It’s almost two weeks since we slaughtered the pigs, and only now is everything under control, thanks to the miracle that is the household freezer. The fresh cuts – chops, roasts, tenderloins – have been distributed to their recipients (we raised Doc and Tiny for friends, and Spot for us). The remaining bits and pieces are in our freezer, awaiting processing. We’ll make ham out of the hearts, tongue out of the tongues, and sausage out of the scraps. And, of course, liverwurst out of the livers. Pigs have very large livers, and we’re going to have enough wurst to see us through Armageddon.
What isn’t frozen is curing, thanks to the miracle that is sodium chloride.
And here we come to a central conundrum of our life here. Why is it that salt preserves food indefinitely, but corrodes everything else instantly? Our proximity to the sea (and our need to back trailers and trucks into it) has destroyed tools, kitchen implements, oystering accoutrement, and one truck frame.
You want to preserve metal? Keep it away from salt. But if you want to preserve pork, bring it on!
Neither Kevin nor I has ever cured meat before, and it seems a bit risky to make charcuterie guinea pigs out of the three animals we have so much invested in. Luckily, we have expert assistance.
Next time you find yourself in southern Maine, make sure you visit the Rosemont Market and Bakery. There, you’ll find baked goods, pizzas, and soups. Sandwiches, dips, and cheese. Pantry staples. Local produce. And Rook.
Rook is a butcher. Although it is a secret, and I’m not supposed to tell, he is also a CIA-trained chef. And he makes a coppa that may very well be the best cured meat I have ever tasted.
Rook isn’t his real name, but it’s one of those nicknames that may as well be. Rook’s girlfriend, Shannon, tells a story about a phone call he got when they’d been dating about three months. It was his mother, and Rook asked Shannon to answer. She did, and identified herself. “Oh, Shannon!” said Rook’s mother. “I’m so glad to meet you – Jarrod’s told me so much about you!”
Shannon took a mental inventory of her acquaintances.
“Who the hell’s Jarrod?”
Jarrod – Jarrod Spangler – is Rook. We were introduced to him by our friend Susan Tuveson, who has just opened an incubator kitchen (a licensed commercial kitchen where clients can rent space to start food businesses) called Acorn, in Kittery, Maine. The grout was barely dry when Susan hosted the inaugural event: a pig breakdown workshop. We brought the pig, she brought the butcher.
Watching a pro break down a pig convinced me that butchery should replace plumbing in the top slot of the do-not-DIY list. Rook carved perfect chops, beautiful roasts, and left no viable scrap behind.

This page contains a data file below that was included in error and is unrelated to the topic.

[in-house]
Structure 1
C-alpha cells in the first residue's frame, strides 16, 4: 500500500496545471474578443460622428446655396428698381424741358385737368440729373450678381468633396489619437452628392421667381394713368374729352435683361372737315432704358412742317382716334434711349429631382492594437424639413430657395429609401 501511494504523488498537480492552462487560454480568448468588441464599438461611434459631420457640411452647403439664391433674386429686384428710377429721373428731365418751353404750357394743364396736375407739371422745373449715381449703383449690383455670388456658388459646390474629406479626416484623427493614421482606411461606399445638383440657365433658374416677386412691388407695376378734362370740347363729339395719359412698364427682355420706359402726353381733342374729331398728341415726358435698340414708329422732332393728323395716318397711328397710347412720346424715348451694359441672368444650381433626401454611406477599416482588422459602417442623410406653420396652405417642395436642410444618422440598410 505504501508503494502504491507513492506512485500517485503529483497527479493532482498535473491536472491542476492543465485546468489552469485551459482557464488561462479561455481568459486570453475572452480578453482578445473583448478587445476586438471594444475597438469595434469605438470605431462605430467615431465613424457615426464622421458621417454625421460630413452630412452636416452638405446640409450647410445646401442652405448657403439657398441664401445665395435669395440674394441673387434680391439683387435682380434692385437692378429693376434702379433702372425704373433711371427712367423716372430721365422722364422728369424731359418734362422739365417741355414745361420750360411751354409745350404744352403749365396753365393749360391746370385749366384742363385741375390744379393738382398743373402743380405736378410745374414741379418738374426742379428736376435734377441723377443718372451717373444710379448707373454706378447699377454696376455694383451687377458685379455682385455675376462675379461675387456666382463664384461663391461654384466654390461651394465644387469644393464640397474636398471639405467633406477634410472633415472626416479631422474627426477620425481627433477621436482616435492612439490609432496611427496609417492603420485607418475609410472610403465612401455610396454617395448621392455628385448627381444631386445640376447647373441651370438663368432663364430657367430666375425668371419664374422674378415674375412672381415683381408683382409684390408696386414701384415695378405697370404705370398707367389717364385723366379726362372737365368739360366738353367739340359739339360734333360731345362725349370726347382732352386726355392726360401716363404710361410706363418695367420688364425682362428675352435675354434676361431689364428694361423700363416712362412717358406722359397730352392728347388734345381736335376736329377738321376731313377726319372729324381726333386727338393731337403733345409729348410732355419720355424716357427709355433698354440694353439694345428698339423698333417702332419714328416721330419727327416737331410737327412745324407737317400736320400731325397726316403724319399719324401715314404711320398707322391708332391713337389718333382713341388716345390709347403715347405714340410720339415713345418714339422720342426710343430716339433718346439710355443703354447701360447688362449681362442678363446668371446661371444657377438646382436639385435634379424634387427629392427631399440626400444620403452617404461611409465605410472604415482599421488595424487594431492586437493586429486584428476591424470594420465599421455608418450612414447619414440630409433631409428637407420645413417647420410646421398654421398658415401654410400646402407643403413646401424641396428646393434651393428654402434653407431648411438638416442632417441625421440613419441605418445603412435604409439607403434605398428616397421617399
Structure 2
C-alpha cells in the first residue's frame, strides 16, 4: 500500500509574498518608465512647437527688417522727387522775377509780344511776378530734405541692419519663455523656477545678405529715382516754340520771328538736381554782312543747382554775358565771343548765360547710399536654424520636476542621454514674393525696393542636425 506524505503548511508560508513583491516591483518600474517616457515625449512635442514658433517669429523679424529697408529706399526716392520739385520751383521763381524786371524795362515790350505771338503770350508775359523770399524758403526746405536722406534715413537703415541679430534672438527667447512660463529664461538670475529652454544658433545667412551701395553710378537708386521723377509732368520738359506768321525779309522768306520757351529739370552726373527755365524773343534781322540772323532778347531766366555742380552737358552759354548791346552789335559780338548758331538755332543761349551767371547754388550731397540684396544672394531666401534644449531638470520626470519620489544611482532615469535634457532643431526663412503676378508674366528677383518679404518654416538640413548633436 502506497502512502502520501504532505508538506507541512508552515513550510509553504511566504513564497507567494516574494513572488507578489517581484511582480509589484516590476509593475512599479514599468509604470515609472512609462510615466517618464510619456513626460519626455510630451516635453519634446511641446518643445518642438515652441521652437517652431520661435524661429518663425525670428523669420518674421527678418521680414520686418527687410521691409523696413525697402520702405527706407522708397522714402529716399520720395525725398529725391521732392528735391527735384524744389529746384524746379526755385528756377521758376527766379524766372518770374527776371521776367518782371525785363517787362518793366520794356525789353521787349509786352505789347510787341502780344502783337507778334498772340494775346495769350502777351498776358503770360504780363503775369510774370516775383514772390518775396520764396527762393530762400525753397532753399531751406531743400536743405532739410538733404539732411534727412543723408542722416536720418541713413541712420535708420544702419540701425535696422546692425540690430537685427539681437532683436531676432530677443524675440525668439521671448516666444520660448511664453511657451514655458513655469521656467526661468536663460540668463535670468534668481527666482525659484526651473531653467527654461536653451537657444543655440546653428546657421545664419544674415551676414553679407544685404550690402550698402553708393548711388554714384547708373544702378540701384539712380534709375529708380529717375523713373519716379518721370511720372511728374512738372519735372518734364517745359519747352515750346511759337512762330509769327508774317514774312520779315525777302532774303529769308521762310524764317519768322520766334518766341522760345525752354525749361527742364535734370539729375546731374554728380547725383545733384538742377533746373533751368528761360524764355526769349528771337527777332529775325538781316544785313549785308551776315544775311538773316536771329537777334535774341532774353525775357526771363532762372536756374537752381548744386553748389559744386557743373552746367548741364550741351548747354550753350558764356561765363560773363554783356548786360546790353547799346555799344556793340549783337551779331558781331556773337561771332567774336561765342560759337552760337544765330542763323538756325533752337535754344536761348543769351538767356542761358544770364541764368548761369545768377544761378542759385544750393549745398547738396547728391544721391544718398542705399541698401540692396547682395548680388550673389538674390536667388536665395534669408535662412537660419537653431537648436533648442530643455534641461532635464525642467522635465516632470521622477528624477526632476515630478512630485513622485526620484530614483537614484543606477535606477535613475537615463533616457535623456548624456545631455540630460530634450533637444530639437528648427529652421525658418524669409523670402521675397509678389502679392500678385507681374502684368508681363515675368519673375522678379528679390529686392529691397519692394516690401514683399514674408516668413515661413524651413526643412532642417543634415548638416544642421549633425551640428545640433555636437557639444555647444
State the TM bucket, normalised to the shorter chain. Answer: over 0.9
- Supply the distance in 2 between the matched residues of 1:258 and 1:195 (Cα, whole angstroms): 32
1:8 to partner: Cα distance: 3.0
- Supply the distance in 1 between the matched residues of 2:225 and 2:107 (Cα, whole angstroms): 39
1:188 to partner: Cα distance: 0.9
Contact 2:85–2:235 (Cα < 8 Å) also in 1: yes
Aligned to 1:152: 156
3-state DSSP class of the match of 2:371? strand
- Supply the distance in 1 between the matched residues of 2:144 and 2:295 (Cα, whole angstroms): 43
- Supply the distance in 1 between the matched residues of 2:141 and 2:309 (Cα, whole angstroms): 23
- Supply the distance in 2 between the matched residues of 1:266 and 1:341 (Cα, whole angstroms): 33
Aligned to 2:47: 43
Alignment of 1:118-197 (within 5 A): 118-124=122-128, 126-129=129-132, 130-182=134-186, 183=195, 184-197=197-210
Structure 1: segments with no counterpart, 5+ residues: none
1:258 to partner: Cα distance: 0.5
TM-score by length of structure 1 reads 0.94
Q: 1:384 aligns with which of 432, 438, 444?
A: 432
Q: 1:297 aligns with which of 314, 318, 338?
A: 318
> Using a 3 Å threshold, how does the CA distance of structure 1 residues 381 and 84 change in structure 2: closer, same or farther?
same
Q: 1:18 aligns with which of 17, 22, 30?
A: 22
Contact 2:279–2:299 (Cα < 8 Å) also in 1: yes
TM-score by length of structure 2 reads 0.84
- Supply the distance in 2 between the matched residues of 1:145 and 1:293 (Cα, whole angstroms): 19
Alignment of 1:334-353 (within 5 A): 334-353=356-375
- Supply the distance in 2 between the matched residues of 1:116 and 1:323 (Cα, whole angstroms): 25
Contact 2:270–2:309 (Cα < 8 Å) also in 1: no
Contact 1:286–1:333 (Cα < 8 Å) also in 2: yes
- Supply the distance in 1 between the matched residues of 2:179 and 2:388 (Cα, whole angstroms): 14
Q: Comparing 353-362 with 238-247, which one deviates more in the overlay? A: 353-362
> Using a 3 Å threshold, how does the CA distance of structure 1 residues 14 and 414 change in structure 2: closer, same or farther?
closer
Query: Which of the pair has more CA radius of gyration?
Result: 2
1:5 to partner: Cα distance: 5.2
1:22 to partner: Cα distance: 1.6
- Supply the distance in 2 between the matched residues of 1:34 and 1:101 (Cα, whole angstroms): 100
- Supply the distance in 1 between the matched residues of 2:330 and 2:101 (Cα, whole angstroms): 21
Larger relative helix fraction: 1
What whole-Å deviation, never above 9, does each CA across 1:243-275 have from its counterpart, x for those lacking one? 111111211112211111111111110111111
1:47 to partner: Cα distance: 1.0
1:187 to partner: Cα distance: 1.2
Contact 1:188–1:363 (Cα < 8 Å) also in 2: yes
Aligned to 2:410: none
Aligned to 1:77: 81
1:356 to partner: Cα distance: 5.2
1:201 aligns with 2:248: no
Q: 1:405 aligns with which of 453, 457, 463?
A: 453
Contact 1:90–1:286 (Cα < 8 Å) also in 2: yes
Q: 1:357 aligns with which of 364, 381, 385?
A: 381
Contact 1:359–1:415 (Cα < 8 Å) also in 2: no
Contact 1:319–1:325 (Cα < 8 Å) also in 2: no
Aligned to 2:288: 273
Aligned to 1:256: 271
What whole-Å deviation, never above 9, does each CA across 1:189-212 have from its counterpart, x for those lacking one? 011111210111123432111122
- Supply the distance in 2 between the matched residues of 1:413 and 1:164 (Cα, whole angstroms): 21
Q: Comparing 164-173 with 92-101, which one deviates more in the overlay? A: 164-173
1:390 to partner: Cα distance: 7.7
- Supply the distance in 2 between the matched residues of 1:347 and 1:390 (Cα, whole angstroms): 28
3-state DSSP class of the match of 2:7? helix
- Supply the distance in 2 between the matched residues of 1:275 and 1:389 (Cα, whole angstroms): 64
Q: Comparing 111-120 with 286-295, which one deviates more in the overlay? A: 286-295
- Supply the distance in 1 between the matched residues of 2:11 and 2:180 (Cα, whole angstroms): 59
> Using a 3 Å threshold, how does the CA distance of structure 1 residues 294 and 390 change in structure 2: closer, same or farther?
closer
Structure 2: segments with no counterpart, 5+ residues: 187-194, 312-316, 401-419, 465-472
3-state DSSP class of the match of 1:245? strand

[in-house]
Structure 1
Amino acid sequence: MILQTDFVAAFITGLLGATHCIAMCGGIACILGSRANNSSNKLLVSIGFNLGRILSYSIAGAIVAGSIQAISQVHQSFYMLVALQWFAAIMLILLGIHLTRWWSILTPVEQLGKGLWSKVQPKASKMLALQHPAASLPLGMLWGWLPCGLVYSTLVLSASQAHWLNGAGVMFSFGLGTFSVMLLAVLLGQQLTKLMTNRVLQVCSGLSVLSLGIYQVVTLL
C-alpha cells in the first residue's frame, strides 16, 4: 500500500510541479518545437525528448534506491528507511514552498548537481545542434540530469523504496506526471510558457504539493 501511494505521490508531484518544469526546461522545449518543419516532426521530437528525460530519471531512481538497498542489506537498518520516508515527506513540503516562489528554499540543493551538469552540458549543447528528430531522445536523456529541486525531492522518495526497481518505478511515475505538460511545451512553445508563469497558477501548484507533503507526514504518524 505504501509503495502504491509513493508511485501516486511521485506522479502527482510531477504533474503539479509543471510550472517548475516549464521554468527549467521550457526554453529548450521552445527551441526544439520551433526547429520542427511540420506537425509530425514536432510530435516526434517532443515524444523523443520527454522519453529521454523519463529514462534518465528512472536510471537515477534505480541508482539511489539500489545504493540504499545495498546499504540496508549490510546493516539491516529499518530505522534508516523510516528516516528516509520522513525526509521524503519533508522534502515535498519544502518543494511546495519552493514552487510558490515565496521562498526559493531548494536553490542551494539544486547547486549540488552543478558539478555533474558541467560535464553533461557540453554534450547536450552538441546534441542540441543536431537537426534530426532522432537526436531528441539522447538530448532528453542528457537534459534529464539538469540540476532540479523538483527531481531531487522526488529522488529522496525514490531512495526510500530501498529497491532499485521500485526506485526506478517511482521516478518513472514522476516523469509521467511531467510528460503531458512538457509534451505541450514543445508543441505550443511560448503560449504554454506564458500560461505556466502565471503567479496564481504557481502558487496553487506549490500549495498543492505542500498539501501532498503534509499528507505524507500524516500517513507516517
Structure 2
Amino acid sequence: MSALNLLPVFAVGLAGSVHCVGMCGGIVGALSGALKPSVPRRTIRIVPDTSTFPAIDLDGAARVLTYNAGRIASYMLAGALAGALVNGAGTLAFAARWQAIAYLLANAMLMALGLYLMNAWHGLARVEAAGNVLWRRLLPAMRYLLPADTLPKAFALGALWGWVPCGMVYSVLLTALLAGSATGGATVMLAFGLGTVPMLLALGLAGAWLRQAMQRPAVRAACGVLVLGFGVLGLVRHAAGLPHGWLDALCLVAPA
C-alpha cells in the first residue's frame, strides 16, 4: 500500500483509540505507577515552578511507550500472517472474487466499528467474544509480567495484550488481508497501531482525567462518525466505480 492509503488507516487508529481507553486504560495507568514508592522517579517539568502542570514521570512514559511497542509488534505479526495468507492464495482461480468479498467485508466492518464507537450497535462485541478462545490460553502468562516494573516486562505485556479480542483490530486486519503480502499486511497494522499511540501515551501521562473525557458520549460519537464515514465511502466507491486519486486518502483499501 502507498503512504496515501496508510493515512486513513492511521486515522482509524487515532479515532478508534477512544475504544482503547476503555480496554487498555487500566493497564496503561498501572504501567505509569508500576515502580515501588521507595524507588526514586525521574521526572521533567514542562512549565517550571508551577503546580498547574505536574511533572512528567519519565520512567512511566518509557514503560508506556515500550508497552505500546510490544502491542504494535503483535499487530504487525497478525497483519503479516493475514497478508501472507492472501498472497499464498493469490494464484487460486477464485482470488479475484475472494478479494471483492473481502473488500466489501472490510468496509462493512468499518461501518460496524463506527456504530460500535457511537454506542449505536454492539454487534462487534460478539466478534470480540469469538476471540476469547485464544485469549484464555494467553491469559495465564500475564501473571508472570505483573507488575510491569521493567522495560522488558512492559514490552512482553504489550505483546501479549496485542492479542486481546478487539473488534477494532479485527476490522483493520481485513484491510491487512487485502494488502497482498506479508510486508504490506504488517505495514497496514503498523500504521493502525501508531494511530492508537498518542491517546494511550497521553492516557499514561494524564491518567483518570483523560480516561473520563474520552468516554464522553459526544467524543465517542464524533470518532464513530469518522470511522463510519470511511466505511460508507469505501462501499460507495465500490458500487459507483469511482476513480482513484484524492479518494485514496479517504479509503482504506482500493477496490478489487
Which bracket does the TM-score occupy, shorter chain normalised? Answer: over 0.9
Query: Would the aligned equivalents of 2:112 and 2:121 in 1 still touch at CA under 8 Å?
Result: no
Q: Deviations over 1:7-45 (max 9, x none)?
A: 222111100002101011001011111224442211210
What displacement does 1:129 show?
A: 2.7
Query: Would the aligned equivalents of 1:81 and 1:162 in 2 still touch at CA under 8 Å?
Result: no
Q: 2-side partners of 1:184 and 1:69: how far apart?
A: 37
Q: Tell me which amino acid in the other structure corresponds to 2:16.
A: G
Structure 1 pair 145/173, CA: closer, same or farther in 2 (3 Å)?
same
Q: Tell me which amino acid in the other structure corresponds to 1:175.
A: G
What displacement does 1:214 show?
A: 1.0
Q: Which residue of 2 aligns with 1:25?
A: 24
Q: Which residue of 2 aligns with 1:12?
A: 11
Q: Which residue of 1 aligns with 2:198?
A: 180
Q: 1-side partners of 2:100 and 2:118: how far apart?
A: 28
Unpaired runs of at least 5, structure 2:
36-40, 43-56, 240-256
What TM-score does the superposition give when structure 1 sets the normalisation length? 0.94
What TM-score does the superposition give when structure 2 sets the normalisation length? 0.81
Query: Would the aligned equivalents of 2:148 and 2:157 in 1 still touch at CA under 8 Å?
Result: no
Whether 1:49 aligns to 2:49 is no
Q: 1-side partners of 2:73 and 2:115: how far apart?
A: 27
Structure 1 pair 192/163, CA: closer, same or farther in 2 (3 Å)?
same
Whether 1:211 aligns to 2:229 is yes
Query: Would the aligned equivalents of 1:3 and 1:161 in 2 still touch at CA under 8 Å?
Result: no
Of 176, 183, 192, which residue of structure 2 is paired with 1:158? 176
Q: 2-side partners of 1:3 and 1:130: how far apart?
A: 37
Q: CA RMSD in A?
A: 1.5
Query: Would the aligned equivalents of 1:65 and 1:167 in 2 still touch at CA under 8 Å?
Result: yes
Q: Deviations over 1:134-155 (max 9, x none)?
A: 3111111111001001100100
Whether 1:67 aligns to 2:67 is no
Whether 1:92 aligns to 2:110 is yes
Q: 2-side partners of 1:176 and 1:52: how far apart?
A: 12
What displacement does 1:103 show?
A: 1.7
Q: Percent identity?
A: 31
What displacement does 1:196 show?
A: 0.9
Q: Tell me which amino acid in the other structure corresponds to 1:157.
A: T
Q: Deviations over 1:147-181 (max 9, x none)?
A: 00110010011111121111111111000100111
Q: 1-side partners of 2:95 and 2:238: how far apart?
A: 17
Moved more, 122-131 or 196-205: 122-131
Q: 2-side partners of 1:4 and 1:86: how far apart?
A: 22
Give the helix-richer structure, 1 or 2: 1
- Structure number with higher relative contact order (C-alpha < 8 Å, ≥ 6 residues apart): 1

We’re hoping, though, that we can do a little charcuterie – under careful supervision. Four of the six hams are destined for prosciutto, and Rook took two home with him. We took the other two. As Rook does each step in the curing process, he sends us detailed instructions, and we do the same. Once they’re cured and ready to dry, we’ll pick his up and take it from there. They’ll all hang together.
Then we wait a year and a half to see how we did.
In the meantime, we get to try a couple other items. Rook took all six sides of pork belly to make our bacon, but we got all the pieces he cut off to make them nice and square and perfect. We rescued them from the scrap bucket and are trying a little bacon of our own. The jowls are curing, too, on their way to being guanciale.
(I should note that none of this would have happened without an assist from our friend Rick Bibeault. When the curing salt we ordered overnight from Amazon didn’t show, I put out a charcuterie APB to see if any Cape Cod friends happened to have some on hand. Sure enough! Not only did Rick have the salt, he also conveniently had his copy of Michael Ruhlman’s Charcuterie, which he apparently keeps in his car in case of emergency.)
Over the last few days, as we’ve cured the bellies, jowls, and hams, we’ve also eaten some of the pork. First, we had a couple of chops. Then I made a loose Italian sausage from some of the trim, and turned it into pasta sauce. When I roasted the bones for stock I appropriated some of the roasty bits for a stir-fry.
I am happy, and relieved, to report that the meat is very good. It is rich, flavorful, and porky. The cuts have an excellent fat-to-lean ratio. Our pork is everything we hoped it would be. We are nevertheless still coming to terms with the fact that we are eating Doc, Spot, and Tiny. We are not put off by the thought – and we were afraid we might be – but we acknowledge our pigs with every meal they’re a part of.
They were nice pigs, and Kevin and I were fond of them. We can’t walk down to the pen without remembering how they’d come to the gate and stick their noses through the fence whenever they heard us coming. Their living selves are still vivid to us and it’s odd, reconciling our affection for them with our appetite for them.
But all our meat was once an animal, and I can’t help believing that making the connection between the pig that ate acorns out of my hand and the pig that’s in the sausage on my pasta helps prevent those other animals, the ones I didn’t know, from being anonymous. From being just meat.
When we eat the prosciutto that’s now curing in the garage, it will be the first time we eat prosciutto from a pig we knew. We will be grateful for Spot, and her magnificent ham. But every slice of prosciutto comes from what was once a real, live pig, and I think it behooves all of us to remember that, and be grateful.